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Sickle Cell Disease Gene Mutation

The Chromosomal Analysis

The chromosomal analysis of sickle cell disease is focused on beta-globin mutations. The disorder is provoked by the abnormal beta-globin alleles that are transmitting the sickle mutation on the hemoglobin subunit beta, or HBB gene (Glu6Val, βS) (Ware, de Montalembert, Tshilolo, & Abboud, 2017). Sickle cell disease is an inherited disorder, the most severe type of which is homozygous HbSS, or sickle cell anemia (Ware et al., 2017, p. 1). Sickle cell anemia occurs in case if a child inherits βS from both of the parents. Under such circumstances, the pathological sickle hemoglobin tetramer is being formed (α2βS2, HbS) (Ware et al., 2017). Other kinds of the disease are represented by compound heterozygous conditions:

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  • “hemoglobin C (HbC) with HbS (HbSC)”;
  • “HbS with β-thalassemia (HbS/β0-thalassaemia or HbS/β+-thalassaemia)”;
  • “HbS with other beta-globin variants such as HbSD or HbSOArab” (Ware et al., 2017, p. 1).

Each of these forms expresses enough HbS to provoke intracellular sickling. When a child inherits both HbA and HbS, he or she acquires a condition called sickle cell trait. Although it is not officially a form of sickle cell disease, it may be related to negative health outcomes (Ware et al., 2017).

The Causes of the Disorder

Sickle cell disease is generated by abnormal erythrocytes with the shape of a sickle. As a result of these erythrocytes’ obstruction of the flow of blood in small vessels, a person may develop inflammation or distal tissue ischemia (Ware et al., 2017). Sickle cell disease is an inherited illness. The complications include anemia, organ damage, meningitis, and hypoxia (Ware et al., 2017).

Origin of the Disorder

Sickle cell disease has a single gene inheritance (Ribeil et al., 2017). The disease is caused by a “homozygous missense mutation” in the beta-globin gene that leads to polymerization of hemoglobin S (Ribeil et al., 2017, p. 848). Beta-globin is one of the elements constituting hemoglobin. Hemoglobin contains two alpha-globin subunits and two beta-globin subunits. Mutations in the HBB lead to the creation of different forms of beta-globin. One of HBB gene mutations provoke an abnormal type of beta-globin called hemoglobin S. In individuals with sickle cell disease, hemoglobin S substitutes the minimum of one beta-globin subunit.

Sickle cell disease belongs to the most frequent inherited monogenic illnesses (Ribeil et al., 2017). This condition was the first to have the molecular basis established: “a single amino acid substitution in “adult” βA-globin (Glu6Val) stemming from a single base substitution (A→T) in the first exon of the human βA-globin gene” was explored in 1956 (Ribeil et al., 2017, p. 848). Sickle hemoglobin decreases the ability of red cells to deform through polymerization on deoxygenation (Ribeil et al., 2017). People suffering from sickle cell disease frequently experience vaso-occlusive crises that cause irrevocable damage to organs, low quality of life, and decreased life expectancy (Ribeil et al., 2017).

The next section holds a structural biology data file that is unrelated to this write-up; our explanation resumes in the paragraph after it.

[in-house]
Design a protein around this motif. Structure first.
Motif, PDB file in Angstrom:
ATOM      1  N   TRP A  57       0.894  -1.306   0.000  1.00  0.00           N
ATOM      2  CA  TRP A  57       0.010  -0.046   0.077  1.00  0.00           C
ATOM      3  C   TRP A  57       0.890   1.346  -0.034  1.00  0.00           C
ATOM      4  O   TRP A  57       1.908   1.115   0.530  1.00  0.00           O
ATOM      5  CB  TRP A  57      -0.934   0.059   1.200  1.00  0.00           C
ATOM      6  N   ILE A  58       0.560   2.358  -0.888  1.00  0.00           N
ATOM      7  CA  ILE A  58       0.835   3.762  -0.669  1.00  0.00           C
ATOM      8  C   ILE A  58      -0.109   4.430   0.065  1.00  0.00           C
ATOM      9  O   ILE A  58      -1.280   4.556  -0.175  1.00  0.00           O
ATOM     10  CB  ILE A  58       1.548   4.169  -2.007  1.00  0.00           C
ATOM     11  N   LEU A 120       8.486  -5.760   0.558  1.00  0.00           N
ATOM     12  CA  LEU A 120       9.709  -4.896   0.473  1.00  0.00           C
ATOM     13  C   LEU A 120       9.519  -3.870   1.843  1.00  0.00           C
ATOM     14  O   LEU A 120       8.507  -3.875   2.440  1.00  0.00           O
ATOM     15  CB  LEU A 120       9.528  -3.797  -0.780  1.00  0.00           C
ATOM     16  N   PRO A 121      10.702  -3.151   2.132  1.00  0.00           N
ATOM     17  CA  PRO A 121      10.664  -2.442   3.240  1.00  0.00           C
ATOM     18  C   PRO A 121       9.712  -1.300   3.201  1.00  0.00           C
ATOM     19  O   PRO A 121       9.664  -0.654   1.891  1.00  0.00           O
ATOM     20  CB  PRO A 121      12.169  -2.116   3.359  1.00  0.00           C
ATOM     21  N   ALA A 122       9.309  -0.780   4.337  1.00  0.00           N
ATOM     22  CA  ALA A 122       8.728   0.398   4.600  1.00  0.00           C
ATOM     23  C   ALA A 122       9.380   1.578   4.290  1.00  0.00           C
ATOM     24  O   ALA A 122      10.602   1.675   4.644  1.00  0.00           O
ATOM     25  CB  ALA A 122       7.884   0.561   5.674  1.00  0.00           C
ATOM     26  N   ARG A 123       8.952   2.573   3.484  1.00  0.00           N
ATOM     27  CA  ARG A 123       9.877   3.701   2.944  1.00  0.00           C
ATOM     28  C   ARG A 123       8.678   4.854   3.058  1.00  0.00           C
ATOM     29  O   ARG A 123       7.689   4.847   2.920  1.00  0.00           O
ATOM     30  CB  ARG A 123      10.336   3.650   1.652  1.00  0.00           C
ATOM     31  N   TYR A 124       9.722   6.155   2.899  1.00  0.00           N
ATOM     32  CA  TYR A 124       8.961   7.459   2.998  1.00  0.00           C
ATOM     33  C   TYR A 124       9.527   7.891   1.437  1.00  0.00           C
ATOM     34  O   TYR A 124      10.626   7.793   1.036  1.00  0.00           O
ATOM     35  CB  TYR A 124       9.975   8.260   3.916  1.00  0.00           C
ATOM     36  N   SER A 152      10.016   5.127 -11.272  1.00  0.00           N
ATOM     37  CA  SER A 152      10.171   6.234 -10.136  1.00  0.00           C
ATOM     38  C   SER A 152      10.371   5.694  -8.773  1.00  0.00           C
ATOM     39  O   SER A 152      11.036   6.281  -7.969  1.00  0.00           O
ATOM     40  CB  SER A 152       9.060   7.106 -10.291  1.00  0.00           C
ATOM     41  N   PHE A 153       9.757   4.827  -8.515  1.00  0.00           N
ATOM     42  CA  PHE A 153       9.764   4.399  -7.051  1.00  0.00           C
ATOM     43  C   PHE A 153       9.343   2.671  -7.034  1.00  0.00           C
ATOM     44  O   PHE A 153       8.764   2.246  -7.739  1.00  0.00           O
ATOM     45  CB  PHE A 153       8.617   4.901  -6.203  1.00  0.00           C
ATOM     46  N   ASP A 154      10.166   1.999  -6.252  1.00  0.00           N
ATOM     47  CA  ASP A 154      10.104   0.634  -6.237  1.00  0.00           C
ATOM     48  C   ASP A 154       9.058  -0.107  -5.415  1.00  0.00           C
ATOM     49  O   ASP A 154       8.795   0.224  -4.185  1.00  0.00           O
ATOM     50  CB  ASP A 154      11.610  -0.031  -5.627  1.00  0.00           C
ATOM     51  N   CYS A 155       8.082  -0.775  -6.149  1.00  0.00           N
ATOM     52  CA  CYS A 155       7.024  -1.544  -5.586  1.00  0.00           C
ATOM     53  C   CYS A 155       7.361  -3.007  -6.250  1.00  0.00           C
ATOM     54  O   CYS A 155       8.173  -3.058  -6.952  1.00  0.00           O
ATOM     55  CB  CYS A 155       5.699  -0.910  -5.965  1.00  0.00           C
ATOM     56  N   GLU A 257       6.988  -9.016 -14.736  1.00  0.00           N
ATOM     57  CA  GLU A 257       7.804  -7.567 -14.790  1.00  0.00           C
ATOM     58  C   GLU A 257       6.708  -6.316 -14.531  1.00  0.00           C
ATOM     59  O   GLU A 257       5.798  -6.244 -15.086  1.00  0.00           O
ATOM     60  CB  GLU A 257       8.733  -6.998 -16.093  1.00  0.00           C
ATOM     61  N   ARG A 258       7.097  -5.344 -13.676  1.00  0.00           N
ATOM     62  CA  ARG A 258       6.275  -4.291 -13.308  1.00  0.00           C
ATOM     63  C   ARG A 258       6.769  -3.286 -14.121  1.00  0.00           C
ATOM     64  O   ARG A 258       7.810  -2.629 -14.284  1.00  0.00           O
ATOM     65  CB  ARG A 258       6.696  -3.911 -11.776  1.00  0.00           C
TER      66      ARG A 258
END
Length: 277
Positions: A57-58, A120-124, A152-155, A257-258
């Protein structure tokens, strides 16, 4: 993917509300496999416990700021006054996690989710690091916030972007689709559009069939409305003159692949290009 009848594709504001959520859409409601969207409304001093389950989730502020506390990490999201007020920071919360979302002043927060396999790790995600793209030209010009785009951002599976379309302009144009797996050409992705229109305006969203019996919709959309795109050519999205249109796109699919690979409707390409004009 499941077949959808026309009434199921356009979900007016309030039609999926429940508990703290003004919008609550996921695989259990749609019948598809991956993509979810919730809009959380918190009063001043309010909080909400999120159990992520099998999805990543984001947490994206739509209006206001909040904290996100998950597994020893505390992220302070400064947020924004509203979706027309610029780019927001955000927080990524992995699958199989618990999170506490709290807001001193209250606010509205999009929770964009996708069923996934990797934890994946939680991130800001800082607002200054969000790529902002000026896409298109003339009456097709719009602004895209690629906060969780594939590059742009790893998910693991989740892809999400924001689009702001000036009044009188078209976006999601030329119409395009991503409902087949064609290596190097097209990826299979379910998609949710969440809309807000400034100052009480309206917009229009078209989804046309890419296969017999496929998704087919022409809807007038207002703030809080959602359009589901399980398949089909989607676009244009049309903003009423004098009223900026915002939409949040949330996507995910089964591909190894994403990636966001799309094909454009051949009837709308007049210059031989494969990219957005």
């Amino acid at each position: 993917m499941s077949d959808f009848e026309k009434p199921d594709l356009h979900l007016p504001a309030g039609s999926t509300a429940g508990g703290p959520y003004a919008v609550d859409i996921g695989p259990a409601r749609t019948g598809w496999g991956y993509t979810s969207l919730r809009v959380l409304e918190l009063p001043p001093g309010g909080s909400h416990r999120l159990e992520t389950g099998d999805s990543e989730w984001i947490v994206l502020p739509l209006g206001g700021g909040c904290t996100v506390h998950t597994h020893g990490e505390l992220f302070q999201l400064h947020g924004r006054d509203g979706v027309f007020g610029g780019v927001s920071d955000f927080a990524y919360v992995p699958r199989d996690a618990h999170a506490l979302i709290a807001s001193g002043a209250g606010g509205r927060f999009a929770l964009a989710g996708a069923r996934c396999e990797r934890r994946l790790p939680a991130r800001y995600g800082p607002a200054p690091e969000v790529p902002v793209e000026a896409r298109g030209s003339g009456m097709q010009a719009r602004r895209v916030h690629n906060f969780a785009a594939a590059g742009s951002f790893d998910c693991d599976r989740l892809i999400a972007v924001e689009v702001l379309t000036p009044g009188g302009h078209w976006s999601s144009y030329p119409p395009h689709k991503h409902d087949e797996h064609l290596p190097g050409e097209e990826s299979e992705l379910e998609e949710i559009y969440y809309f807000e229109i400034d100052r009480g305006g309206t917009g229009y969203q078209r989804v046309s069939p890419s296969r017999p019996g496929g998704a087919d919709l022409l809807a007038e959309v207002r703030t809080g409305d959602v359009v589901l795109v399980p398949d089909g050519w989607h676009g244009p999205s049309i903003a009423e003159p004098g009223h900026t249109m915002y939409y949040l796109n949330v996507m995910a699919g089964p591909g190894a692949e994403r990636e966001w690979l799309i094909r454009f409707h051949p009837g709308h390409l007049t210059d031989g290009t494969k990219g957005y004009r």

There is only one illness-modifying therapy accepted for sickle cell disease – hydroxyurea that can increase fetal hemoglobin amount in some people (Ribeil et al., 2017). The only curative choice is “allogeneic hematopoietic stem-cell transplantation” (Ribeil et al., 2017, p. 848). Still, only less than one-fifth of patients has a matched sibling donor (Ribeil et al., 2017). There is a high probability of reaching positive treatment results with the use of “therapeutic ex vivo gene transfer into autologous hematopoietic stem cells” (Ribeil et al., 2017, p. 848).

Considerations for Practice and Patient Education

There are some difficulties presented by the identification of pain as that of resulting from sickle cell disease (Matthie & Jenerette, 2015). Patients frequently complain of nurses’ insufficient knowledge of the illness and their inability to relieve the pain crises in a timely manner. As a result, it is crucial to develop a relevant care plan that would contain the most significant issues that should be known by nurses (Matthie & Jenerette, 2015). There are no objective signs of a sickle pain crisis, and every patient’s reaction to pain and coping techniques vary. Therefore, when creating a care plan, it is necessary to consult with patients as experts in their condition. It is crucial to arrange advocacy for patients because it will allow more efficient communication with medical workers (Matthie & Jenerette, 2015). With the help of care plans, nurses will be more aware of the peculiarities of the disease and will be able to give the most suitable care necessary for their patients to manage pain crises.